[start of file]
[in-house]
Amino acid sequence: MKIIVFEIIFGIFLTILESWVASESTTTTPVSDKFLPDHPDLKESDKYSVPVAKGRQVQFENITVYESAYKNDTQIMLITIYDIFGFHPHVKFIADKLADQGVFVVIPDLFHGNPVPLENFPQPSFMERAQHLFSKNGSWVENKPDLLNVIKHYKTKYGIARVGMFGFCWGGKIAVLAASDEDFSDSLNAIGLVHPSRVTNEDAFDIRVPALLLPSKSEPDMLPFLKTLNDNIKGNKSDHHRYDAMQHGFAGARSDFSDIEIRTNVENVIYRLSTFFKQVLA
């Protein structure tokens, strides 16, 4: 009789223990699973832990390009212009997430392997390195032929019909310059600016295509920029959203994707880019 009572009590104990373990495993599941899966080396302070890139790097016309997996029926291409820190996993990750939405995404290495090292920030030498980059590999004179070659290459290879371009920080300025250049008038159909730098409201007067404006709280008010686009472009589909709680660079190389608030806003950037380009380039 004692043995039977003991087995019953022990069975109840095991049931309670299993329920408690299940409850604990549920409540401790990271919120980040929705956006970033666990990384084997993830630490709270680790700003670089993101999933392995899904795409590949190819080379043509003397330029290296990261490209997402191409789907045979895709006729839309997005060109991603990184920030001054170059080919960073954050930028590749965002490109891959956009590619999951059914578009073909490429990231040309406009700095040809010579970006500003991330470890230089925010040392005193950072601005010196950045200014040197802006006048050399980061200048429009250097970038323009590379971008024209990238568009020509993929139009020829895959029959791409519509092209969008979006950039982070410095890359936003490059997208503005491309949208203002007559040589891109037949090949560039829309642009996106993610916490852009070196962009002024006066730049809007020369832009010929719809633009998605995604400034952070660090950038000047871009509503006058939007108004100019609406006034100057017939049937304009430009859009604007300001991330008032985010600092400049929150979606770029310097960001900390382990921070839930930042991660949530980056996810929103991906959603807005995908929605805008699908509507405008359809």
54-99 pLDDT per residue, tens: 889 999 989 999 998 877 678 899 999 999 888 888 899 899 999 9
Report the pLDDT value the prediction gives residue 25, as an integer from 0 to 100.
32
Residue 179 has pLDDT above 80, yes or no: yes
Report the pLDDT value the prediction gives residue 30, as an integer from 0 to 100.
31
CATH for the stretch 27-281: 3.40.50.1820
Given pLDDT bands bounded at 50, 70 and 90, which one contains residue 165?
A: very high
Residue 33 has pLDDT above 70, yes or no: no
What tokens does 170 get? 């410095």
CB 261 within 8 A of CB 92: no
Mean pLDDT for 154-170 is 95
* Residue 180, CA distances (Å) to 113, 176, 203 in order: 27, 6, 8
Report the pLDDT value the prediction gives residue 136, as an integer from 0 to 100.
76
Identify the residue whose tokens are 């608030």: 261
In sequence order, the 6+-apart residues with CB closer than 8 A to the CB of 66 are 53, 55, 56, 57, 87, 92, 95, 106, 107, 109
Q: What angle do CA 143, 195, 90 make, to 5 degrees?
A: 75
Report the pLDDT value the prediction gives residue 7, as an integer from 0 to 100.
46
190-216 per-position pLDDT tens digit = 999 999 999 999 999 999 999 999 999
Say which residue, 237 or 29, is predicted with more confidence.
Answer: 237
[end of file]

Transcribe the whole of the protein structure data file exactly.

[in-house]
Amino acid sequence: MKIIVFEIIFGIFLTILESWVASESTTTTPVSDKFLPDHPDLKESDKYSVPVAKGRQVQFENITVYESAYKNDTQIMLITIYDIFGFHPHVKFIADKLADQGVFVVIPDLFHGNPVPLENFPQPSFMERAQHLFSKNGSWVENKPDLLNVIKHYKTKYGIARVGMFGFCWGGKIAVLAASDEDFSDSLNAIGLVHPSRVTNEDAFDIRVPALLLPSKSEPDMLPFLKTLNDNIKGNKSDHHRYDAMQHGFAGARSDFSDIEIRTNVENVIYRLSTFFKQVLA
């Protein structure tokens, strides 16, 4: 009789223990699973832990390009212009997430392997390195032929019909310059600016295509920029959203994707880019 009572009590104990373990495993599941899966080396302070890139790097016309997996029926291409820190996993990750939405995404290495090292920030030498980059590999004179070659290459290879371009920080300025250049008038159909730098409201007067404006709280008010686009472009589909709680660079190389608030806003950037380009380039 004692043995039977003991087995019953022990069975109840095991049931309670299993329920408690299940409850604990549920409540401790990271919120980040929705956006970033666990990384084997993830630490709270680790700003670089993101999933392995899904795409590949190819080379043509003397330029290296990261490209997402191409789907045979895709006729839309997005060109991603990184920030001054170059080919960073954050930028590749965002490109891959956009590619999951059914578009073909490429990231040309406009700095040809010579970006500003991330470890230089925010040392005193950072601005010196950045200014040197802006006048050399980061200048429009250097970038323009590379971008024209990238568009020509993929139009020829895959029959791409519509092209969008979006950039982070410095890359936003490059997208503005491309949208203002007559040589891109037949090949560039829309642009996106993610916490852009070196962009002024006066730049809007020369832009010929719809633009998605995604400034952070660090950038000047871009509503006058939007108004100019609406006034100057017939049937304009430009859009604007300001991330008032985010600092400049929150979606770029310097960001900390382990921070839930930042991660949530980056996810929103991906959603807005995908929605805008699908509507405008359809």
54-99 pLDDT per residue, tens: 889 999 989 999 998 877 678 899 999 999 888 888 899 899 999 9
Report the pLDDT value the prediction gives residue 25, as an integer from 0 to 100.
32
Residue 179 has pLDDT above 80, yes or no: yes
Report the pLDDT value the prediction gives residue 30, as an integer from 0 to 100.
31
CATH for the stretch 27-281: 3.40.50.1820
Given pLDDT bands bounded at 50, 70 and 90, which one contains residue 165?
A: very high
Residue 33 has pLDDT above 70, yes or no: no
What tokens does 170 get? 């410095």
CB 261 within 8 A of CB 92: no
Mean pLDDT for 154-170 is 95
* Residue 180, CA distances (Å) to 113, 176, 203 in order: 27, 6, 8
Report the pLDDT value the prediction gives residue 136, as an integer from 0 to 100.
76
Identify the residue whose tokens are 């608030």: 261
In sequence order, the 6+-apart residues with CB closer than 8 A to the CB of 66 are 53, 55, 56, 57, 87, 92, 95, 106, 107, 109
Q: What angle do CA 143, 195, 90 make, to 5 degrees?
A: 75
Report the pLDDT value the prediction gives residue 7, as an integer from 0 to 100.
46
190-216 per-position pLDDT tens digit = 999 999 999 999 999 999 999 999 999
Say which residue, 237 or 29, is predicted with more confidence.
Answer: 237